TWENTY-FOUR people in Dorset have died due to a shortage of organ donations in the past four years, new NHS Blood and Transport figures have revealed.

There are 120 people across the county waiting for a transplant and families are being encouraged to discuss organ donations with their loved ones as well as join the NHS Organ Donor Register.

Today marks the launch of National Transplant Week.

While 95 per cent of families agree to donation if a loved one has discussed their wishes and is registered on the Organ Donor Register, this figure drops to only 46 per cent when donation wishes have not been discussed.

As well as signing up to the register, it is vital people let those closest to them known that they want to be an organ donor.

Among those backing National Transplant Week are 20-year-old Kate Hennessey from Wimborne and her mother Gail Stewart.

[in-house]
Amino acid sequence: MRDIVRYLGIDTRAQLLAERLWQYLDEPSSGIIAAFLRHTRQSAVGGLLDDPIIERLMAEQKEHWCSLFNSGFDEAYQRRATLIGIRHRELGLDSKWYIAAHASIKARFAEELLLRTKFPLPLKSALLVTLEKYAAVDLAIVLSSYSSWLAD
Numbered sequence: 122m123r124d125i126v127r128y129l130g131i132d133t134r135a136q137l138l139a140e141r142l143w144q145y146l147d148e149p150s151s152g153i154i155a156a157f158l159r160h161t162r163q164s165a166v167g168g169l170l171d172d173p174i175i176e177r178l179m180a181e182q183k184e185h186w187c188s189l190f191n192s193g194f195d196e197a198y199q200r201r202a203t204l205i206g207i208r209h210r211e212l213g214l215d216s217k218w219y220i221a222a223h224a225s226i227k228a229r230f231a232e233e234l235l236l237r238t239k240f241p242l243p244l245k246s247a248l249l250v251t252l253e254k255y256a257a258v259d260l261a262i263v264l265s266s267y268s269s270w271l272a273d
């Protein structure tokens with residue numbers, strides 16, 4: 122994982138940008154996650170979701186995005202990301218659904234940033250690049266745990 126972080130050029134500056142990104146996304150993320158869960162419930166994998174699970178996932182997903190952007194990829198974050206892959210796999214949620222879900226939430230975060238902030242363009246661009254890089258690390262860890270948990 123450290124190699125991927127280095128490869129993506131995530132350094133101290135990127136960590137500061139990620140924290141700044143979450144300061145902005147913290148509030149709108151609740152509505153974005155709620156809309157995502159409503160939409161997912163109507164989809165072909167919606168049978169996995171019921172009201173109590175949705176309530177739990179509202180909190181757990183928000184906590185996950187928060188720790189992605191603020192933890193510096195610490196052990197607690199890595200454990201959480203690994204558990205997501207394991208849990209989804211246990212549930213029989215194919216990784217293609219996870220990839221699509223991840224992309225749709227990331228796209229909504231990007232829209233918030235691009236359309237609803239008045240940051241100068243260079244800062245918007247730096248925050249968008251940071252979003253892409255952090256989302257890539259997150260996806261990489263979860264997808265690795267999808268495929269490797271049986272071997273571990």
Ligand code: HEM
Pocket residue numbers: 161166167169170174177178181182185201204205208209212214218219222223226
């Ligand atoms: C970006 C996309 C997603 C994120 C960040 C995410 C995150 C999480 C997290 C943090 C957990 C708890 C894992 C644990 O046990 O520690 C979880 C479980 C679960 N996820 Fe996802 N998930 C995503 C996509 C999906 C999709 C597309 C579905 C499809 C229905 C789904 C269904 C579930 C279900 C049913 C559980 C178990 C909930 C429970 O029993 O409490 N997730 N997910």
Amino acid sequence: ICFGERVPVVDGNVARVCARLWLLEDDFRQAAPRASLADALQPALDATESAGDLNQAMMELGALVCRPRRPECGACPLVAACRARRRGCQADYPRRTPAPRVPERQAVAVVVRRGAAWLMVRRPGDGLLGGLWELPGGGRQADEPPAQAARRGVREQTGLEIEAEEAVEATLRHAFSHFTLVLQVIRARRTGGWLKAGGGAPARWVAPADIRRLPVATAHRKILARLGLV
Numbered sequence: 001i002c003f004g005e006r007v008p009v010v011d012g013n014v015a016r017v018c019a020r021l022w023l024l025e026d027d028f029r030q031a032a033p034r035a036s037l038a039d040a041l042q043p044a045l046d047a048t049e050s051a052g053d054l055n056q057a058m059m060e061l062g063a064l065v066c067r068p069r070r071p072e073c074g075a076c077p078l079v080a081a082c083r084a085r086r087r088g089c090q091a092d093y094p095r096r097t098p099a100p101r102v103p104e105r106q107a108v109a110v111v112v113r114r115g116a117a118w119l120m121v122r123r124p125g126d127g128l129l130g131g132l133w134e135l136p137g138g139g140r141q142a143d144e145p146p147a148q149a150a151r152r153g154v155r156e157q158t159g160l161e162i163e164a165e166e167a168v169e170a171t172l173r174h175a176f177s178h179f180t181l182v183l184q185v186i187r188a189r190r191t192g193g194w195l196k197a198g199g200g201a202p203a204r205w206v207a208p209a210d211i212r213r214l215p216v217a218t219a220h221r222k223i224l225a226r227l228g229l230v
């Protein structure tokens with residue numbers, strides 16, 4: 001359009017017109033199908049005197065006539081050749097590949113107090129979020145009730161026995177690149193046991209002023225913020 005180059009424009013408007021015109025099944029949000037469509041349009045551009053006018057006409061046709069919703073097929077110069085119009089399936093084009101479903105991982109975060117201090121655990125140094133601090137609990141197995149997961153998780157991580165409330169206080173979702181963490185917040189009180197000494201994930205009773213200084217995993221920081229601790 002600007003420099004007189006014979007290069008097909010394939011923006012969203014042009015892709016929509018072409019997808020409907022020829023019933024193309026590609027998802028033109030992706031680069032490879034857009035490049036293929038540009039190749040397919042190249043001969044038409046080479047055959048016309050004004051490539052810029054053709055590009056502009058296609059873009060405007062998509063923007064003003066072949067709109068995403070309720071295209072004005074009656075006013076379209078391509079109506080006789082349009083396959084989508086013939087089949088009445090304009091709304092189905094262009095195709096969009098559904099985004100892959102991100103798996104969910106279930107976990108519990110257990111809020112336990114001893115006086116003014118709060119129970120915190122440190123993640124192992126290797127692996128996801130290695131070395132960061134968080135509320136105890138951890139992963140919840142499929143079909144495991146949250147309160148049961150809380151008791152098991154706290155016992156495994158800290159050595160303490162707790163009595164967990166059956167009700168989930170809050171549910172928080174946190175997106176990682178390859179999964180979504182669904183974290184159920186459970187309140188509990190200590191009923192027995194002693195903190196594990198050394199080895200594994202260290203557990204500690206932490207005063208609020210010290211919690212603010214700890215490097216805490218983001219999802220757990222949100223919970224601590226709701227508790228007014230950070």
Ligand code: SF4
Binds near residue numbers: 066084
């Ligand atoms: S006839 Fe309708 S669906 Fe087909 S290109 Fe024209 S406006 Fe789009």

Kate has had a second chance at life thanks to a lung transplant and is planning on attending a number of festivals this summer.

Kate and Gail are now urging families to start discussing organ donation.

They say it is important to sign up to the register and ensure your loved ones know your wishes in the event of a sudden accident.

Gail said: “It is usually down to the immediate family to make the final decision when someone is placed on a life-support machine.

"In the end there is no point in two people dying when one can live.”

Kate told the Daily Echo: “I will never be able to put into words how much I appreciate the donor for what they did; a total stranger gave me life.”

Sally Johnson, director of organ donation and transplantation for NHS Blood and Transplant, said: “Last year 37 people in Dorset benefitted from life-saving transplants.

"We need a transformation in donor and family consent to organ donation because the UK’s family refusal rate remains one of the highest in Europe.”

To sign up for the NHS Organ Donor Register visit, phone 0300 123 2323 or text DONATE to 62323